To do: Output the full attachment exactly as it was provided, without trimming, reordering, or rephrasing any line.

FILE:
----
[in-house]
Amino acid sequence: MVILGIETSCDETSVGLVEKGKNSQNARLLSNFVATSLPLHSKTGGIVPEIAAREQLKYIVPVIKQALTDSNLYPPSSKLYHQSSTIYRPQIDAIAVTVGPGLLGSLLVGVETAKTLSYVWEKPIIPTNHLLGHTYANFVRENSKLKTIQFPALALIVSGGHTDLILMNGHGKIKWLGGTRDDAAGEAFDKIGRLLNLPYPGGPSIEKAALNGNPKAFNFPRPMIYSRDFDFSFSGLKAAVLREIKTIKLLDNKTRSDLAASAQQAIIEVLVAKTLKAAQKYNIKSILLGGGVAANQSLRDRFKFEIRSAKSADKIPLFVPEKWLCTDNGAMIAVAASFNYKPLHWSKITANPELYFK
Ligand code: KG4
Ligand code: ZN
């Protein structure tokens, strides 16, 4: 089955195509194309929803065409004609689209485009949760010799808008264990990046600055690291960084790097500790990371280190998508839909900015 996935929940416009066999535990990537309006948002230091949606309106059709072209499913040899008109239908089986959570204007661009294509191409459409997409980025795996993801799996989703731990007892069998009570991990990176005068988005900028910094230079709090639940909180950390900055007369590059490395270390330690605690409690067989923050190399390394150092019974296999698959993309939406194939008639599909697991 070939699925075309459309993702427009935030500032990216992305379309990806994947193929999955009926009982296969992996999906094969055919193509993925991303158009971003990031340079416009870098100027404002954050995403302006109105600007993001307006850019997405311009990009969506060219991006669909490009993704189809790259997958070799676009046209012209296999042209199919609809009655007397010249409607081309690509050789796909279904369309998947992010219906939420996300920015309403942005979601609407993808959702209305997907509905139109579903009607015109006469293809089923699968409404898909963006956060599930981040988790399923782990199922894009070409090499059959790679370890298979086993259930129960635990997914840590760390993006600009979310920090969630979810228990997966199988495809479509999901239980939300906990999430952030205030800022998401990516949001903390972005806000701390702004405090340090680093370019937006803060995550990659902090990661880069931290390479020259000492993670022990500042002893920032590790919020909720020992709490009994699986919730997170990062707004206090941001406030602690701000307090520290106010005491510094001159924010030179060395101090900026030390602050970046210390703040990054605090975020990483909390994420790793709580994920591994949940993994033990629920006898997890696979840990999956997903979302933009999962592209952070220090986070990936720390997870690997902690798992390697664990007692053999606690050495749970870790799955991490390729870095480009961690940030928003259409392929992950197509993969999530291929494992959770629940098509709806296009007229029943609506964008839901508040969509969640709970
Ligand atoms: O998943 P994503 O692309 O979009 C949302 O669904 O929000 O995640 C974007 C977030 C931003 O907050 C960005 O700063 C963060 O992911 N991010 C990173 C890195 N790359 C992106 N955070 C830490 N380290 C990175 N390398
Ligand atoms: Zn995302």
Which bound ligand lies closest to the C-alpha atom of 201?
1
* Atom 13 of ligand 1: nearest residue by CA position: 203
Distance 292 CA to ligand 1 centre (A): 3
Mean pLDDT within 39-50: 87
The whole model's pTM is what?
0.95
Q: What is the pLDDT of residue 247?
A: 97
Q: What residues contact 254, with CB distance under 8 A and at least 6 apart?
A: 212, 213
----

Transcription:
[in-house]
Amino acid sequence: MVILGIETSCDETSVGLVEKGKNSQNARLLSNFVATSLPLHSKTGGIVPEIAAREQLKYIVPVIKQALTDSNLYPPSSKLYHQSSTIYRPQIDAIAVTVGPGLLGSLLVGVETAKTLSYVWEKPIIPTNHLLGHTYANFVRENSKLKTIQFPALALIVSGGHTDLILMNGHGKIKWLGGTRDDAAGEAFDKIGRLLNLPYPGGPSIEKAALNGNPKAFNFPRPMIYSRDFDFSFSGLKAAVLREIKTIKLLDNKTRSDLAASAQQAIIEVLVAKTLKAAQKYNIKSILLGGGVAANQSLRDRFKFEIRSAKSADKIPLFVPEKWLCTDNGAMIAVAASFNYKPLHWSKITANPELYFK
Ligand code: KG4
Ligand code: ZN
């Protein structure tokens, strides 16, 4: 089955195509194309929803065409004609689209485009949760010799808008264990990046600055690291960084790097500790990371280190998508839909900015 996935929940416009066999535990990537309006948002230091949606309106059709072209499913040899008109239908089986959570204007661009294509191409459409997409980025795996993801799996989703731990007892069998009570991990990176005068988005900028910094230079709090639940909180950390900055007369590059490395270390330690605690409690067989923050190399390394150092019974296999698959993309939406194939008639599909697991 070939699925075309459309993702427009935030500032990216992305379309990806994947193929999955009926009982296969992996999906094969055919193509993925991303158009971003990031340079416009870098100027404002954050995403302006109105600007993001307006850019997405311009990009969506060219991006669909490009993704189809790259997958070799676009046209012209296999042209199919609809009655007397010249409607081309690509050789796909279904369309998947992010219906939420996300920015309403942005979601609407993808959702209305997907509905139109579903009607015109006469293809089923699968409404898909963006956060599930981040988790399923782990199922894009070409090499059959790679370890298979086993259930129960635990997914840590760390993006600009979310920090969630979810228990997966199988495809479509999901239980939300906990999430952030205030800022998401990516949001903390972005806000701390702004405090340090680093370019937006803060995550990659902090990661880069931290390479020259000492993670022990500042002893920032590790919020909720020992709490009994699986919730997170990062707004206090941001406030602690701000307090520290106010005491510094001159924010030179060395101090900026030390602050970046210390703040990054605090975020990483909390994420790793709580994920591994949940993994033990629920006898997890696979840990999956997903979302933009999962592209952070220090986070990936720390997870690997902690798992390697664990007692053999606690050495749970870790799955991490390729870095480009961690940030928003259409392929992950197509993969999530291929494992959770629940098509709806296009007229029943609506964008839901508040969509969640709970
Ligand atoms: O998943 P994503 O692309 O979009 C949302 O669904 O929000 O995640 C974007 C977030 C931003 O907050 C960005 O700063 C963060 O992911 N991010 C990173 C890195 N790359 C992106 N955070 C830490 N380290 C990175 N390398
Ligand atoms: Zn995302």
Which bound ligand lies closest to the C-alpha atom of 201?
1
* Atom 13 of ligand 1: nearest residue by CA position: 203
Distance 292 CA to ligand 1 centre (A): 3
Mean pLDDT within 39-50: 87
The whole model's pTM is what?
0.95
Q: What is the pLDDT of residue 247?
A: 97
Q: What residues contact 254, with CB distance under 8 A and at least 6 apart?
A: 212, 213